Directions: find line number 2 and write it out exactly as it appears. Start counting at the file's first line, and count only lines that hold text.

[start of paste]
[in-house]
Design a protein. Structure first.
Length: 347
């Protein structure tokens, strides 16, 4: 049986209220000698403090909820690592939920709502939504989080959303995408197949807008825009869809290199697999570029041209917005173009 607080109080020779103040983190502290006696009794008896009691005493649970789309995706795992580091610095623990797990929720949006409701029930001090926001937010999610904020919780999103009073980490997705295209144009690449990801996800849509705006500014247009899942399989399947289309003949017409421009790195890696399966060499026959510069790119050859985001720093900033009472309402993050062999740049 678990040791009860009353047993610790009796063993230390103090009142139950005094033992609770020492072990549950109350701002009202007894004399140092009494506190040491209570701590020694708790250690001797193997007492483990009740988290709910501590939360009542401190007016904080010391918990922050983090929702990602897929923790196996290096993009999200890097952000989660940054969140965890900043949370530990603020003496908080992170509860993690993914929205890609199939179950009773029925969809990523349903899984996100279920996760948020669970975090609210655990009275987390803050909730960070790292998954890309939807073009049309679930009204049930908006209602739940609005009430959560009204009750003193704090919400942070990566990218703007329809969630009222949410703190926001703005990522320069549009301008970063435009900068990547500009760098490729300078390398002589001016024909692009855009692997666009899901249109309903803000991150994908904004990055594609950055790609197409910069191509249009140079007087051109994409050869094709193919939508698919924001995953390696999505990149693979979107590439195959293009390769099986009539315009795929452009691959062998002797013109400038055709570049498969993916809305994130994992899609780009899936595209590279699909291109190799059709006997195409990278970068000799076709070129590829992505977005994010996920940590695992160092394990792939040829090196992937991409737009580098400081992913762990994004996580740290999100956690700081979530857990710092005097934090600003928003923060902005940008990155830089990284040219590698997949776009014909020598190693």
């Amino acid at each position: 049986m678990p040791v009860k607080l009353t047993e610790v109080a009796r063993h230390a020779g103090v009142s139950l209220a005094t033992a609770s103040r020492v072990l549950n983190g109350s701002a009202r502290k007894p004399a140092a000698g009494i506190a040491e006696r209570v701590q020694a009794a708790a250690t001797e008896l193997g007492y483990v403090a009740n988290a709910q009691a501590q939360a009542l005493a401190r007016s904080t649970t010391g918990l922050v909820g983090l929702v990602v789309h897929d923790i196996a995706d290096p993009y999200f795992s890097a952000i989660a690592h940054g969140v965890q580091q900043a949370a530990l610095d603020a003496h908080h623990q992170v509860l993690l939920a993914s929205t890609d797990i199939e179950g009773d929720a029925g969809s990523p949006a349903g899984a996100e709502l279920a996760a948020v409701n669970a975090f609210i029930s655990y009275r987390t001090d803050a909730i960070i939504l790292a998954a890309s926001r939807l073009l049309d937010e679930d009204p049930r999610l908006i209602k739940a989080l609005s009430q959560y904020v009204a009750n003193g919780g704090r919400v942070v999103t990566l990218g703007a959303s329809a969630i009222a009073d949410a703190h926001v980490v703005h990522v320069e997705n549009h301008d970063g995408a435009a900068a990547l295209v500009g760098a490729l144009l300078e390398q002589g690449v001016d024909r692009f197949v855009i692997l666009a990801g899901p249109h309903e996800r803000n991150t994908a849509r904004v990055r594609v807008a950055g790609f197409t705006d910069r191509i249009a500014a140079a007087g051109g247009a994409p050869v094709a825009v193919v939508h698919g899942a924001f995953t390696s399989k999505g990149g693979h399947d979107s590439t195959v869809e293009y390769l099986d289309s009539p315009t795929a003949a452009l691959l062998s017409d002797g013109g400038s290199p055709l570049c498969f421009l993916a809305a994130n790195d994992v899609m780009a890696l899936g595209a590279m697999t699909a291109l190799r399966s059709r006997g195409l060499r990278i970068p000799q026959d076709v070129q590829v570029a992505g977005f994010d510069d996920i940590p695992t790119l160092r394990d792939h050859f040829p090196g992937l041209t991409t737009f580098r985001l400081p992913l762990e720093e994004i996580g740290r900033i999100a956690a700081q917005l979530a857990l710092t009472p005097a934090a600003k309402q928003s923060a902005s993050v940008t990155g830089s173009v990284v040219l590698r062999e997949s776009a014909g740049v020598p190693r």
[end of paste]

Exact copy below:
Design a protein. Structure first.